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Intervention

Hold on right there, take a breath and give us, your neighbors, the courtesy of a minute to step outside of your immediate experience. You and your friends may have grown old in recent years, but the neighborhood and the city have just not grown proportionately with you and your cohort. We, as in the 9:1 majority of the age distribution, still need schools among a number of other completely normal facets of city life in 21st century NYC. Crying ageism at the same time as asking for preference over others based on your age (ie ageism) should not occur before self reflection.

I say this with all due respect for the generation that kept this neighborhood up in a time when Queens (and NYC) were going down, but this is plainly not “yours” in the selfish way you think it is. Learn to share.

And lastly, to those irksome curmudgeons below, for the last time: this is not a small town!!!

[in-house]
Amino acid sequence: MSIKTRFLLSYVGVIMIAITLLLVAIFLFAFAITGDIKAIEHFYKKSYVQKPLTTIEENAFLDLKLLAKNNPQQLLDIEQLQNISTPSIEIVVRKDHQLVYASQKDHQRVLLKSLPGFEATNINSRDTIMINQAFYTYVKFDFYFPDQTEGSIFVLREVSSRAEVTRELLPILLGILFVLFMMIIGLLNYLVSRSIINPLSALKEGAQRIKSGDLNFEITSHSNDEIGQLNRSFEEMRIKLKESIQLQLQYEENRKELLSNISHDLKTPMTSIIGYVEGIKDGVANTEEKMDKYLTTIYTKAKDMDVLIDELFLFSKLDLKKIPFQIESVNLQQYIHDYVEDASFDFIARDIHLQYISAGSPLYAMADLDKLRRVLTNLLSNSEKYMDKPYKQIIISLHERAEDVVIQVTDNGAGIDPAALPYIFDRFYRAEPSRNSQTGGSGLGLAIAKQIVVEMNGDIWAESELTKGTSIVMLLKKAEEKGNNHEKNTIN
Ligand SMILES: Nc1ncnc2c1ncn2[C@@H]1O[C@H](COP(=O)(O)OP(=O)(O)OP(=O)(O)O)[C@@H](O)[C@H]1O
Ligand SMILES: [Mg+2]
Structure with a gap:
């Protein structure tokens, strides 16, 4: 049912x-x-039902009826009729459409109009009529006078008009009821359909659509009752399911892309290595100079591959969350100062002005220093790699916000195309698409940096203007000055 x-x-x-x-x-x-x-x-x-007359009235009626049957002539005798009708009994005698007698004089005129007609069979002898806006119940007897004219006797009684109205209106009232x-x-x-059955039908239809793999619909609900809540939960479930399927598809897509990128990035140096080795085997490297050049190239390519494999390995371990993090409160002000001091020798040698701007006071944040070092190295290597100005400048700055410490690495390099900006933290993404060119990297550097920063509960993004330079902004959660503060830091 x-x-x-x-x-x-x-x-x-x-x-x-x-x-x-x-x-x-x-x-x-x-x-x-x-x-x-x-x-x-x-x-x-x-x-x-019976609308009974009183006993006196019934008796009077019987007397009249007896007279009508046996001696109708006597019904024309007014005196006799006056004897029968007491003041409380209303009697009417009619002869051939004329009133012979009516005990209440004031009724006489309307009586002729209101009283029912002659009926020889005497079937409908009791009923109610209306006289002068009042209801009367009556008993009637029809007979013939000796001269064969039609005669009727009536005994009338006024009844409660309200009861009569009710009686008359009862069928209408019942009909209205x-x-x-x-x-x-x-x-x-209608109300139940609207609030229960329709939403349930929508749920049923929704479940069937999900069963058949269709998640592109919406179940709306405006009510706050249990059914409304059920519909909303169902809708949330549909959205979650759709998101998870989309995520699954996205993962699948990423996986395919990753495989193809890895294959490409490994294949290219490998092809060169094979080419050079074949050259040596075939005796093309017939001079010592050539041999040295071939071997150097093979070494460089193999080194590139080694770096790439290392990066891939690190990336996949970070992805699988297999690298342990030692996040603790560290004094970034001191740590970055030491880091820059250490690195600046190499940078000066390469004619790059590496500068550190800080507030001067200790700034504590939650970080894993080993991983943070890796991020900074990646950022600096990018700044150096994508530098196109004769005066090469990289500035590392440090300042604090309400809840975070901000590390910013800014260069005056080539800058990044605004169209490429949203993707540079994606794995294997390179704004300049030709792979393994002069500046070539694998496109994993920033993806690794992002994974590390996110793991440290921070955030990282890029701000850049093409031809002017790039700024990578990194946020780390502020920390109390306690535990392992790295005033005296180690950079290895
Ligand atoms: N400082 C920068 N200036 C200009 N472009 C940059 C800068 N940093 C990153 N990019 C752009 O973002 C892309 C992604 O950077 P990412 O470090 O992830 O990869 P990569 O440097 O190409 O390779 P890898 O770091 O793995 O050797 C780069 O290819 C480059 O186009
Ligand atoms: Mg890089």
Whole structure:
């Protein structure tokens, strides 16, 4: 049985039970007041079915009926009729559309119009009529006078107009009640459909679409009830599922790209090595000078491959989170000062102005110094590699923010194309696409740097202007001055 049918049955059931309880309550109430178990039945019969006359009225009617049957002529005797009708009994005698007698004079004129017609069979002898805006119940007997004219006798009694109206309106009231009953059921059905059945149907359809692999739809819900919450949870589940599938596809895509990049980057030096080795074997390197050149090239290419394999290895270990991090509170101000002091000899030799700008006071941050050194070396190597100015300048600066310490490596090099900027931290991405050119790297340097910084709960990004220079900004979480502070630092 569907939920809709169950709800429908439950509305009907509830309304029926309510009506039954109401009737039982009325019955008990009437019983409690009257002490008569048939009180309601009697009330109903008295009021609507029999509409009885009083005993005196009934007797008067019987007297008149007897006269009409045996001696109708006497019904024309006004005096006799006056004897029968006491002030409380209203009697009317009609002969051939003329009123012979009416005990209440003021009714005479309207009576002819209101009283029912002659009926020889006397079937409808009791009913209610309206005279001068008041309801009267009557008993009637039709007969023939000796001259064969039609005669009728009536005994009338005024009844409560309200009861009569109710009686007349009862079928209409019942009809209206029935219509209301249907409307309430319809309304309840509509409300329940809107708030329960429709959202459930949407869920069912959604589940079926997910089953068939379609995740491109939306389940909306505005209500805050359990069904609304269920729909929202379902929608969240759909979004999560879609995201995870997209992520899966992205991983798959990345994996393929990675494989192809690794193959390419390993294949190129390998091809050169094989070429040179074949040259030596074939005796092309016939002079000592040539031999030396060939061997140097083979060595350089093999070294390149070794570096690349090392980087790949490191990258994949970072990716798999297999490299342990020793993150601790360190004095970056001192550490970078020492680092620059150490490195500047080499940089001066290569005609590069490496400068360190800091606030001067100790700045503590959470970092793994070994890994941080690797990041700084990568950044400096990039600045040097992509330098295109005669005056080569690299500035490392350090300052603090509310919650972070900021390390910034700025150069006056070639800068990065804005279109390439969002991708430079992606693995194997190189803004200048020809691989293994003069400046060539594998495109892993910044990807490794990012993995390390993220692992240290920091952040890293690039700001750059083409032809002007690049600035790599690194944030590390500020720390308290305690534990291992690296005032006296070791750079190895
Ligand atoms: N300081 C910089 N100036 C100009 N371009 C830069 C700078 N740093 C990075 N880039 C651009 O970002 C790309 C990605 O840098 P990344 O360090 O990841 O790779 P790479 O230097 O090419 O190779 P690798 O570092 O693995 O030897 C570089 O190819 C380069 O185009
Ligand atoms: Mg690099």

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ann

Is this a press release from the School Construction Authority? ‘Some controversy’???? People were up in arms. All the Landmark regulations are pushed aside when it involves a school, so a 5 story building, at a very unsuitable location. Everyone else here can’t change a window without a permit. Also there is no regard for the community at all, nor for the teachers and students who will be in a school without convenient transportation. (Don’t say walking blocks and blocks from the subway is convenient.)

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Anonymous